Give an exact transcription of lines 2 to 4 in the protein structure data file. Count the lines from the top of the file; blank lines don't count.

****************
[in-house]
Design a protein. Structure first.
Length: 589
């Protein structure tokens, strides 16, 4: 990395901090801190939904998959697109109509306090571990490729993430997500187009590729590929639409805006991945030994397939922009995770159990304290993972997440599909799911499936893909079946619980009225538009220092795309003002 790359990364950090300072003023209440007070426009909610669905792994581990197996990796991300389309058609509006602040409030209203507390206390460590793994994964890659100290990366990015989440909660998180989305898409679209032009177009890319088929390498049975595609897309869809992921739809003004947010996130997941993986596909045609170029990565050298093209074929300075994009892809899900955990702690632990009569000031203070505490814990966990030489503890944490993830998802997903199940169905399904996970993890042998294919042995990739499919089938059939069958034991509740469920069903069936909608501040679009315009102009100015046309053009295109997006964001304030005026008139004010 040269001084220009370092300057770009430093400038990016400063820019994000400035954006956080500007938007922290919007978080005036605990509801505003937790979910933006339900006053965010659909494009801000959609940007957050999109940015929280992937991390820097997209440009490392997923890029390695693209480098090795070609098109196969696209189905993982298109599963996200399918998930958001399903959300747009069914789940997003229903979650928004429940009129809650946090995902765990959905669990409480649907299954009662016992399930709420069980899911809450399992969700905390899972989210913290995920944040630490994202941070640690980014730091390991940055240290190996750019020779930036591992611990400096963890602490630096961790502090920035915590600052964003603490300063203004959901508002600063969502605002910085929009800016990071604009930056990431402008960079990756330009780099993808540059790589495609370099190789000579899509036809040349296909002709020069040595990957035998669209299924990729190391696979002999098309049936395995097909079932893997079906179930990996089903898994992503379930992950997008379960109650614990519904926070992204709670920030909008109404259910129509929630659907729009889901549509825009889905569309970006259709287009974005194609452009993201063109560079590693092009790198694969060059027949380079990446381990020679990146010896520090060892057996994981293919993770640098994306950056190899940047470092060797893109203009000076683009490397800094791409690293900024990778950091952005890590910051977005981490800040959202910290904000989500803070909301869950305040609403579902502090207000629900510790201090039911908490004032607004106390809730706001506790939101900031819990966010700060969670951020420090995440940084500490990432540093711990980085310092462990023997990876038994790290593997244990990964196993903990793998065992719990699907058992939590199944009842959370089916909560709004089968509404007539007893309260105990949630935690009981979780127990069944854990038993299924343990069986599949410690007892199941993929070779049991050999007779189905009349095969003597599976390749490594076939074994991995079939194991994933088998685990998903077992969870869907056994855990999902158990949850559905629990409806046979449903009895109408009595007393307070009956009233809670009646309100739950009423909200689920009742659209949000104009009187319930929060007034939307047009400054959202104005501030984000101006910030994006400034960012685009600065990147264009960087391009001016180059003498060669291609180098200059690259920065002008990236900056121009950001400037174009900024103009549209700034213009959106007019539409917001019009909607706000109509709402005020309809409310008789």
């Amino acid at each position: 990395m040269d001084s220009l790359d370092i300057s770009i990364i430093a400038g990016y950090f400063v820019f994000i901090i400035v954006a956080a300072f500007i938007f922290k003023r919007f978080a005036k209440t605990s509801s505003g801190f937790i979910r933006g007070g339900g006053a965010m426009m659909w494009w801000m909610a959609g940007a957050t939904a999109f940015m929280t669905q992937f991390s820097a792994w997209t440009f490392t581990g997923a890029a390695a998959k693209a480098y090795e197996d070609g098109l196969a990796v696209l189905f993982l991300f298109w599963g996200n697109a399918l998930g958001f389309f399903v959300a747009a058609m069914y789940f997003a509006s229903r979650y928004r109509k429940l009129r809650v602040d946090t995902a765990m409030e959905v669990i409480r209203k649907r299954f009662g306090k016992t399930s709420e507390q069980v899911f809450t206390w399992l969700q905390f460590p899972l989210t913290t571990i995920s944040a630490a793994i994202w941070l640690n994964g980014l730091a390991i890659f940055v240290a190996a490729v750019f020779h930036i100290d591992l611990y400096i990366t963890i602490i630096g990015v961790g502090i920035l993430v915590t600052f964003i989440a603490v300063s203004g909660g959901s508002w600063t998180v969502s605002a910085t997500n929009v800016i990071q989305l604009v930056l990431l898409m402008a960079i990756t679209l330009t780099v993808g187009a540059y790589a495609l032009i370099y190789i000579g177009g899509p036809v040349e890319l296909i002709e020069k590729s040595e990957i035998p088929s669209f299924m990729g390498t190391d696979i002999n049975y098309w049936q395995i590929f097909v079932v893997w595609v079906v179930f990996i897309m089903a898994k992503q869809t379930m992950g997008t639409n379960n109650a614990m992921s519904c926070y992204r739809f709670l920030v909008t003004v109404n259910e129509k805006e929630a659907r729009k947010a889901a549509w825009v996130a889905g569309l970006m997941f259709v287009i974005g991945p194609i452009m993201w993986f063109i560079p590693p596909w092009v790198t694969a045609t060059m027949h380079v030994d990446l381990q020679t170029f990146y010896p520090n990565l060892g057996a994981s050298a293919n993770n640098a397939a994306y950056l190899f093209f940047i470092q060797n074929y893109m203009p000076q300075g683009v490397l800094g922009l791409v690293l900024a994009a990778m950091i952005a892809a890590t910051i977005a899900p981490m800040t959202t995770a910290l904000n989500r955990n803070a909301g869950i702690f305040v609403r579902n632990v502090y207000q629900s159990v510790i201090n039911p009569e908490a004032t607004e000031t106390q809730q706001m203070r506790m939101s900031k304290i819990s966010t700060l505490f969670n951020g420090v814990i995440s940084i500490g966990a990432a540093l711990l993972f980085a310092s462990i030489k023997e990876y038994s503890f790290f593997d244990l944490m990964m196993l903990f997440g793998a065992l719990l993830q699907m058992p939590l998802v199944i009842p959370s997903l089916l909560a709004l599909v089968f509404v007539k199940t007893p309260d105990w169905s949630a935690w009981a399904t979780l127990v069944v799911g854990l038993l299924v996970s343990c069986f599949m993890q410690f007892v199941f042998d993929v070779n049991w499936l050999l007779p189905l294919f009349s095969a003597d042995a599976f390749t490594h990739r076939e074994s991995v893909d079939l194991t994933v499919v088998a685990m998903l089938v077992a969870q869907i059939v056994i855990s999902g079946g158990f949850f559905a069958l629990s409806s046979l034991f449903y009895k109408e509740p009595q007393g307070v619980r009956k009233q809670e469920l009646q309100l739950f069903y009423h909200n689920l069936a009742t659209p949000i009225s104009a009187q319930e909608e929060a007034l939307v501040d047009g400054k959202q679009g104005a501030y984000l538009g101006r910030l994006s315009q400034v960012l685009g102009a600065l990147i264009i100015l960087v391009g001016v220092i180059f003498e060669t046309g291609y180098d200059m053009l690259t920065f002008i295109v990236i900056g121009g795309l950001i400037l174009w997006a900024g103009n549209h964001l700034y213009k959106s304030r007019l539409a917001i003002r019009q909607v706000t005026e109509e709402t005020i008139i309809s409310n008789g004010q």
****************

Design a protein. Structure first.
Length: 589
């Protein structure tokens, strides 16, 4: 990395901090801190939904998959697109109509306090571990490729993430997500187009590729590929639409805006991945030994397939922009995770159990304290993972997440599909799911499936893909079946619980009225538009220092795309003002 790359990364950090300072003023209440007070426009909610669905792994581990197996990796991300389309058609509006602040409030209203507390206390460590793994994964890659100290990366990015989440909660998180989305898409679209032009177009890319088929390498049975595609897309869809992921739809003004947010996130997941993986596909045609170029990565050298093209074929300075994009892809899900955990702690632990009569000031203070505490814990966990030489503890944490993830998802997903199940169905399904996970993890042998294919042995990739499919089938059939069958034991509740469920069903069936909608501040679009315009102009100015046309053009295109997006964001304030005026008139004010 040269001084220009370092300057770009430093400038990016400063820019994000400035954006956080500007938007922290919007978080005036605990509801505003937790979910933006339900006053965010659909494009801000959609940007957050999109940015929280992937991390820097997209440009490392997923890029390695693209480098090795070609098109196969696209189905993982298109599963996200399918998930958001399903959300747009069914789940997003229903979650928004429940009129809650946090995902765990959905669990409480649907299954009662016992399930709420069980899911809450399992969700905390899972989210913290995920944040630490994202941070640690980014730091390991940055240290190996750019020779930036591992611990400096963890602490630096961790502090920035915590600052964003603490300063203004959901508002600063969502605002910085929009800016990071604009930056990431402008960079990756330009780099993808540059790589495609370099190789000579899509036809040349296909002709020069040595990957035998669209299924990729190391696979002999098309049936395995097909079932893997079906179930990996089903898994992503379930992950997008379960109650614990519904926070992204709670920030909008109404259910129509929630659907729009889901549509825009889905569309970006259709287009974005194609452009993201063109560079590693092009790198694969060059027949380079990446381990020679990146010896520090060892057996994981293919993770640098994306950056190899940047470092060797893109203009000076683009490397800094791409690293900024990778950091952005890590910051977005981490800040959202910290904000989500803070909301869950305040609403579902502090207000629900510790201090039911908490004032607004106390809730706001506790939101900031819990966010700060969670951020420090995440940084500490990432540093711990980085310092462990023997990876038994790290593997244990990964196993903990793998065992719990699907058992939590199944009842959370089916909560709004089968509404007539007893309260105990949630935690009981979780127990069944854990038993299924343990069986599949410690007892199941993929070779049991050999007779189905009349095969003597599976390749490594076939074994991995079939194991994933088998685990998903077992969870869907056994855990999902158990949850559905629990409806046979449903009895109408009595007393307070009956009233809670009646309100739950009423909200689920009742659209949000104009009187319930929060007034939307047009400054959202104005501030984000101006910030994006400034960012685009600065990147264009960087391009001016180059003498060669291609180098200059690259920065002008990236900056121009950001400037174009900024103009549209700034213009959106007019539409917001019009909607706000109509709402005020309809409310008789």